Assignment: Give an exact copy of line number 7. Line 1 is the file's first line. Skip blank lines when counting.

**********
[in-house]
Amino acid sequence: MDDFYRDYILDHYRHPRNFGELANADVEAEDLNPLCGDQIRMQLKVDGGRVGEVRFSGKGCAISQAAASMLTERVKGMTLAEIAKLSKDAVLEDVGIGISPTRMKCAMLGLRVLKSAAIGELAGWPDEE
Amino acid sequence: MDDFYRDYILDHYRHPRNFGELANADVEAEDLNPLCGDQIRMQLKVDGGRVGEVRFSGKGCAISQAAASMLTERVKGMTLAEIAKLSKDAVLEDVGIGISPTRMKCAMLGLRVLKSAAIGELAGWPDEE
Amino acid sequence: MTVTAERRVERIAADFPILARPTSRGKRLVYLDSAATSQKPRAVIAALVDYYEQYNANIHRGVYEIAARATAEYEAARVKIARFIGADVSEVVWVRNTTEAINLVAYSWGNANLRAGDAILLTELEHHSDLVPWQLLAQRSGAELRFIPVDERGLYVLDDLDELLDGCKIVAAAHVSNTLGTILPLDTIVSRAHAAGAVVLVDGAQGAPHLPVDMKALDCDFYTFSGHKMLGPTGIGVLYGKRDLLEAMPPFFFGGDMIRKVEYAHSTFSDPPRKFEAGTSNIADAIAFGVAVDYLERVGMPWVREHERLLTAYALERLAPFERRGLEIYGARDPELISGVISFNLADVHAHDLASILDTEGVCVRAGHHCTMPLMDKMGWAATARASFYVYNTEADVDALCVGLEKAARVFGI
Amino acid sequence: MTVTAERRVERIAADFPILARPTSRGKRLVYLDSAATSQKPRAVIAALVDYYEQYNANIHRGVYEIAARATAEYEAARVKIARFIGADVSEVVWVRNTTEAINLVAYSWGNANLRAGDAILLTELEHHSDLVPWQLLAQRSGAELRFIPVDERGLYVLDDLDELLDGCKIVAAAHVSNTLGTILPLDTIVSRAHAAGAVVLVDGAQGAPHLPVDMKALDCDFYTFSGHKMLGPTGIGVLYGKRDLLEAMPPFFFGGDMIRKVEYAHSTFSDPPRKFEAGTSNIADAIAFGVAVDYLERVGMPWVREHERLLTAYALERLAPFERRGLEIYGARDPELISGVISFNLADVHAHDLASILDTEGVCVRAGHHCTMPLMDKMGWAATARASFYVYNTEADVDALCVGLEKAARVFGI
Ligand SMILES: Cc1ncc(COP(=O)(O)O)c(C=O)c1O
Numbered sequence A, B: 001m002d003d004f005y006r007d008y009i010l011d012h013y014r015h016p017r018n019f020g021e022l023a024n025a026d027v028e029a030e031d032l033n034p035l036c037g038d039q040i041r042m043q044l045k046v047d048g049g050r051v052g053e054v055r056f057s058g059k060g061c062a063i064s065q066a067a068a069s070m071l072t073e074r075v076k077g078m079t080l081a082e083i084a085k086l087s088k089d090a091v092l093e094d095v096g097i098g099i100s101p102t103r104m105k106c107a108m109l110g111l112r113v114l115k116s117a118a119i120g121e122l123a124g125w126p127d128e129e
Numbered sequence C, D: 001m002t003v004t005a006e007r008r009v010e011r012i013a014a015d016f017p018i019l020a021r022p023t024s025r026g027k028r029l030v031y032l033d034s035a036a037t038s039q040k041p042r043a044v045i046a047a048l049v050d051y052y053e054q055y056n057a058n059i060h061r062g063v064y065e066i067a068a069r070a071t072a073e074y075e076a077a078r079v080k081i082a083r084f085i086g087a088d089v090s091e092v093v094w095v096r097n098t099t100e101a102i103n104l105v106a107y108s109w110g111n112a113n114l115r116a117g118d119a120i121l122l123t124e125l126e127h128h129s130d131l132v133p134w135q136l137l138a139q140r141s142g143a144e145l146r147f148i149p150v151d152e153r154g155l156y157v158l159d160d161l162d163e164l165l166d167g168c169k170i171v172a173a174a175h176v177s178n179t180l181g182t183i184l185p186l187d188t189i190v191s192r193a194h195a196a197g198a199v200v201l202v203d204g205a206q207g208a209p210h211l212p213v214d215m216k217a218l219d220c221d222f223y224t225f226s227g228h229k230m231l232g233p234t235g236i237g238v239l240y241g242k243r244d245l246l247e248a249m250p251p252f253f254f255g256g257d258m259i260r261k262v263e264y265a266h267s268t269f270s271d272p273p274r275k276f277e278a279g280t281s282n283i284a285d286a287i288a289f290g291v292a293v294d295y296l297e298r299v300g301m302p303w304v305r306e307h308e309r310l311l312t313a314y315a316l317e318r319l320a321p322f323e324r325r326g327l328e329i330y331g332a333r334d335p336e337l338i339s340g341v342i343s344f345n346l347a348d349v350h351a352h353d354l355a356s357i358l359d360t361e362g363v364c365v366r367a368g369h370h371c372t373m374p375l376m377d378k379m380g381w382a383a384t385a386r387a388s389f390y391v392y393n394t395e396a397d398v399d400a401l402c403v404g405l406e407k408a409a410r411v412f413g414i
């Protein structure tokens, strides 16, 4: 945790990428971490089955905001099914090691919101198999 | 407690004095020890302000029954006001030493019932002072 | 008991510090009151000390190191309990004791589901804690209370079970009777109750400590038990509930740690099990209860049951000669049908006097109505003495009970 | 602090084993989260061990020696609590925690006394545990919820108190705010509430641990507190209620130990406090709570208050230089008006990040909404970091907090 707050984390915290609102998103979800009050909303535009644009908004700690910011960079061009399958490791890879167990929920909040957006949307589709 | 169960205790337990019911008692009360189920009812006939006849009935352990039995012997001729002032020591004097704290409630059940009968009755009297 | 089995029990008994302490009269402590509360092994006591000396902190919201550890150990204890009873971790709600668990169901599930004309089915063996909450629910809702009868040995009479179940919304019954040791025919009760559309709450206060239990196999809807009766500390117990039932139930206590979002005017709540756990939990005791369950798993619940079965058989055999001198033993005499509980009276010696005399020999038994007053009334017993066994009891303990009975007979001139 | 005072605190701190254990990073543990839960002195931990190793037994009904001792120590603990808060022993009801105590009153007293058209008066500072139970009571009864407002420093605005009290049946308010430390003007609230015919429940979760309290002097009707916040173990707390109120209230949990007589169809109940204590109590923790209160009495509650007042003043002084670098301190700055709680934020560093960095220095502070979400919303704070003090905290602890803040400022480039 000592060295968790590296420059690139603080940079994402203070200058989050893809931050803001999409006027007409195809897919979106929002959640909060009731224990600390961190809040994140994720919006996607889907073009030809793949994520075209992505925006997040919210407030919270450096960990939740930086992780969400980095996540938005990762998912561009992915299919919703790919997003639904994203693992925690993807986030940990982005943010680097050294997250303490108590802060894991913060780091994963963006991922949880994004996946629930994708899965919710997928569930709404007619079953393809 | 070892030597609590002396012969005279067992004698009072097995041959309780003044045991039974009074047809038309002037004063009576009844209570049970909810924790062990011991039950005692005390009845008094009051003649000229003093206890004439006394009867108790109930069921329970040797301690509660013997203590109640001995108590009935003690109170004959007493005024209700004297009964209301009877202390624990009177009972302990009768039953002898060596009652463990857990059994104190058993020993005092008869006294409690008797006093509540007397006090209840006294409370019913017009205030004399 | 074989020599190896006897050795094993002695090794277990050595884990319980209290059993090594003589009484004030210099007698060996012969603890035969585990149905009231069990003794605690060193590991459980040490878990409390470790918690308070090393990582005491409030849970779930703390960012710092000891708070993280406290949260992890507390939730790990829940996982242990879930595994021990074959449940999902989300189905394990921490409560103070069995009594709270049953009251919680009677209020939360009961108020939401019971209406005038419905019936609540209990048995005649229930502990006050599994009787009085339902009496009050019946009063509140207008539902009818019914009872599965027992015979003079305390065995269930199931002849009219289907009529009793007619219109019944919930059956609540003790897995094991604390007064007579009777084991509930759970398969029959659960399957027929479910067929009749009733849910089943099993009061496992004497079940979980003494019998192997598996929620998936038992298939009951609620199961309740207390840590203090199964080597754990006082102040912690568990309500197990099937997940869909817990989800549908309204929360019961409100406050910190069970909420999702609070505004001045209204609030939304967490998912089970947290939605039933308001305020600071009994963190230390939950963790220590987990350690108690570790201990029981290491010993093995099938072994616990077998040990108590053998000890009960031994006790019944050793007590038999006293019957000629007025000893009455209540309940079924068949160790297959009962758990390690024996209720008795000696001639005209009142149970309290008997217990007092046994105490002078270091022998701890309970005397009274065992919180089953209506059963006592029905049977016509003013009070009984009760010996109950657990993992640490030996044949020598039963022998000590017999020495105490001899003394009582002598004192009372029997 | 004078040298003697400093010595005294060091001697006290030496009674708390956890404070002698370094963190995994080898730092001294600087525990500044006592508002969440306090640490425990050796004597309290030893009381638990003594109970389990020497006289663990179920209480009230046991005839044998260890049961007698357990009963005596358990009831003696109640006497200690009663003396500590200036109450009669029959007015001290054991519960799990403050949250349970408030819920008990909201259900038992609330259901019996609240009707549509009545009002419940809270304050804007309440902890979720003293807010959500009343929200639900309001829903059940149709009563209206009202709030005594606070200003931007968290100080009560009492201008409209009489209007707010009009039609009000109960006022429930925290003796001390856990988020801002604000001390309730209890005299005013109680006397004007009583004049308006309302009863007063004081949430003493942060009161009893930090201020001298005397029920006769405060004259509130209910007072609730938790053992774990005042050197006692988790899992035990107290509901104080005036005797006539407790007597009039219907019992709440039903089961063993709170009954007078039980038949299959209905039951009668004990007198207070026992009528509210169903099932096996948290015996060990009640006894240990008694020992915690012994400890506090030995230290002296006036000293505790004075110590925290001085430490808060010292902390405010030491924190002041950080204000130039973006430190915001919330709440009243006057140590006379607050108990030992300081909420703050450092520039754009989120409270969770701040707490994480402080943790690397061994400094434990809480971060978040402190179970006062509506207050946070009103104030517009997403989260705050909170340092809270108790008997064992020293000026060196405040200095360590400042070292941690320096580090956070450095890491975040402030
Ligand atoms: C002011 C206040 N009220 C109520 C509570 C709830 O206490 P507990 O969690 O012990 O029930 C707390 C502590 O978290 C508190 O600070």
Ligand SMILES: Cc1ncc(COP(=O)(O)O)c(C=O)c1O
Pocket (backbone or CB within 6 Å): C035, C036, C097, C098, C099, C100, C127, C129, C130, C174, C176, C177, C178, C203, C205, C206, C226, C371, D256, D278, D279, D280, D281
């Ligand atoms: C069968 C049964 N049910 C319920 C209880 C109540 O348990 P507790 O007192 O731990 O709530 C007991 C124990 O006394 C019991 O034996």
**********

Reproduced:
Numbered sequence A, B: 001m002d003d004f005y006r007d008y009i010l011d012h013y014r015h016p017r018n019f020g021e022l023a024n025a026d027v028e029a030e031d032l033n034p035l036c037g038d039q040i041r042m043q044l045k046v047d048g049g050r051v052g053e054v055r056f057s058g059k060g061c062a063i064s065q066a067a068a069s070m071l072t073e074r075v076k077g078m079t080l081a082e083i084a085k086l087s088k089d090a091v092l093e094d095v096g097i098g099i100s101p102t103r104m105k106c107a108m109l110g111l112r113v114l115k116s117a118a119i120g121e122l123a124g125w126p127d128e129e